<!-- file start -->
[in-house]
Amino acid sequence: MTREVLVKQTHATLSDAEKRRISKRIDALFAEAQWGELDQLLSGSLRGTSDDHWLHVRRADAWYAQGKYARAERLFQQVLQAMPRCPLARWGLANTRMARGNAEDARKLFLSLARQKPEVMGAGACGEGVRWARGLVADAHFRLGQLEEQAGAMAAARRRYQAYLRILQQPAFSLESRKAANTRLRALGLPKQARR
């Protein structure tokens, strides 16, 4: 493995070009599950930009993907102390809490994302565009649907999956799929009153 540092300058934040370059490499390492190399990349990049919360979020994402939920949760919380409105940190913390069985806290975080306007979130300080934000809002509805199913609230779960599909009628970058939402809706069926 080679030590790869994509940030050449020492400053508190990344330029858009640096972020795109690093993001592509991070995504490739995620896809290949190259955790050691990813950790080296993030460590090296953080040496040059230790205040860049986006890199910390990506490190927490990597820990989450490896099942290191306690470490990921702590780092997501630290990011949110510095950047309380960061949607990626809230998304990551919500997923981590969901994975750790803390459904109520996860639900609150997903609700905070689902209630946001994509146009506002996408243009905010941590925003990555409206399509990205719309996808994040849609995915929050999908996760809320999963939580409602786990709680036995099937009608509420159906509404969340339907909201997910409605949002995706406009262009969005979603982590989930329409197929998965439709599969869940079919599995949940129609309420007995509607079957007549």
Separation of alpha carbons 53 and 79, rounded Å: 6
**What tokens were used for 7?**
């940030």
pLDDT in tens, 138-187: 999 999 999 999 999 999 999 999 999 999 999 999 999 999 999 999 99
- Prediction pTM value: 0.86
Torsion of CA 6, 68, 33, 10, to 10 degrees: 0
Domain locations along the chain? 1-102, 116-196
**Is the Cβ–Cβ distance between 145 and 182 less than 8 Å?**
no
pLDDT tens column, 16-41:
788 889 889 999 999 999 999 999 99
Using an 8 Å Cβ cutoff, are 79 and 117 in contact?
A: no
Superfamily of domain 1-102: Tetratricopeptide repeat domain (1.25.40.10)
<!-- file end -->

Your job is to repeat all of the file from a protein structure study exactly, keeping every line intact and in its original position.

[in-house]
Amino acid sequence: MTREVLVKQTHATLSDAEKRRISKRIDALFAEAQWGELDQLLSGSLRGTSDDHWLHVRRADAWYAQGKYARAERLFQQVLQAMPRCPLARWGLANTRMARGNAEDARKLFLSLARQKPEVMGAGACGEGVRWARGLVADAHFRLGQLEEQAGAMAAARRRYQAYLRILQQPAFSLESRKAANTRLRALGLPKQARR
């Protein structure tokens, strides 16, 4: 493995070009599950930009993907102390809490994302565009649907999956799929009153 540092300058934040370059490499390492190399990349990049919360979020994402939920949760919380409105940190913390069985806290975080306007979130300080934000809002509805199913609230779960599909009628970058939402809706069926 080679030590790869994509940030050449020492400053508190990344330029858009640096972020795109690093993001592509991070995504490739995620896809290949190259955790050691990813950790080296993030460590090296953080040496040059230790205040860049986006890199910390990506490190927490990597820990989450490896099942290191306690470490990921702590780092997501630290990011949110510095950047309380960061949607990626809230998304990551919500997923981590969901994975750790803390459904109520996860639900609150997903609700905070689902209630946001994509146009506002996408243009905010941590925003990555409206399509990205719309996808994040849609995915929050999908996760809320999963939580409602786990709680036995099937009608509420159906509404969340339907909201997910409605949002995706406009262009969005979603982590989930329409197929998965439709599969869940079919599995949940129609309420007995509607079957007549």
Separation of alpha carbons 53 and 79, rounded Å: 6
**What tokens were used for 7?**
């940030």
pLDDT in tens, 138-187: 999 999 999 999 999 999 999 999 999 999 999 999 999 999 999 999 99
- Prediction pTM value: 0.86
Torsion of CA 6, 68, 33, 10, to 10 degrees: 0
Domain locations along the chain? 1-102, 116-196
**Is the Cβ–Cβ distance between 145 and 182 less than 8 Å?**
no
pLDDT tens column, 16-41:
788 889 889 999 999 999 999 999 99
Using an 8 Å Cβ cutoff, are 79 and 117 in contact?
A: no
Superfamily of domain 1-102: Tetratricopeptide repeat domain (1.25.40.10)